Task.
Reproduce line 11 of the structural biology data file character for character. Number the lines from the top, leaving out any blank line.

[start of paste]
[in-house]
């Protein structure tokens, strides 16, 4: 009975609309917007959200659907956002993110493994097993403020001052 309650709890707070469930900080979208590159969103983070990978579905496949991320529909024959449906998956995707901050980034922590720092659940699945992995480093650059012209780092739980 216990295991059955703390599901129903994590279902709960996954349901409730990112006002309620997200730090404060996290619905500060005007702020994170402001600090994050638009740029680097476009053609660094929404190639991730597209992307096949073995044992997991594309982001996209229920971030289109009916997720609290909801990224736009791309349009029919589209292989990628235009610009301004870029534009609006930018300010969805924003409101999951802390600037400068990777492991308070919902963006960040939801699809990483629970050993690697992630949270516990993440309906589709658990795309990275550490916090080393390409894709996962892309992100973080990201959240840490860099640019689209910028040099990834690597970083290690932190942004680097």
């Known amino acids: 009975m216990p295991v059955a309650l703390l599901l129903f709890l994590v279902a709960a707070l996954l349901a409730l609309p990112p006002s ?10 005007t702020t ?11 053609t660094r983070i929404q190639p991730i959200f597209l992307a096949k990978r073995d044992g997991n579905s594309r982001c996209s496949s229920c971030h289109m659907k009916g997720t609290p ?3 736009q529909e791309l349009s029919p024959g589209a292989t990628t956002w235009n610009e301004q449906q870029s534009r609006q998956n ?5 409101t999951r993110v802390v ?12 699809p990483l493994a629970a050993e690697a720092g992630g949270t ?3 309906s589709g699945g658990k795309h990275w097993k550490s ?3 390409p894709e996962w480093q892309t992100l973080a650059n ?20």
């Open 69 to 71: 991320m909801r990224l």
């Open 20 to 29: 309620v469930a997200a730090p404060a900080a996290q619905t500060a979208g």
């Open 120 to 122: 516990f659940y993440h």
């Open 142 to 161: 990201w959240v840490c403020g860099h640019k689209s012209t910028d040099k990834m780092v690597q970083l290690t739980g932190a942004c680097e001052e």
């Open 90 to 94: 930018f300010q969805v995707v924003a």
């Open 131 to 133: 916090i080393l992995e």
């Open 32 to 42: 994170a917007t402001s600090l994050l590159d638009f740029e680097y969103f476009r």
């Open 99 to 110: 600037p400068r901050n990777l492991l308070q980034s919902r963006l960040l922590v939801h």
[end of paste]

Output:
């Open 99 to 110: 600037p400068r901050n990777l492991l308070q980034s919902r963006l960040l922590v939801h």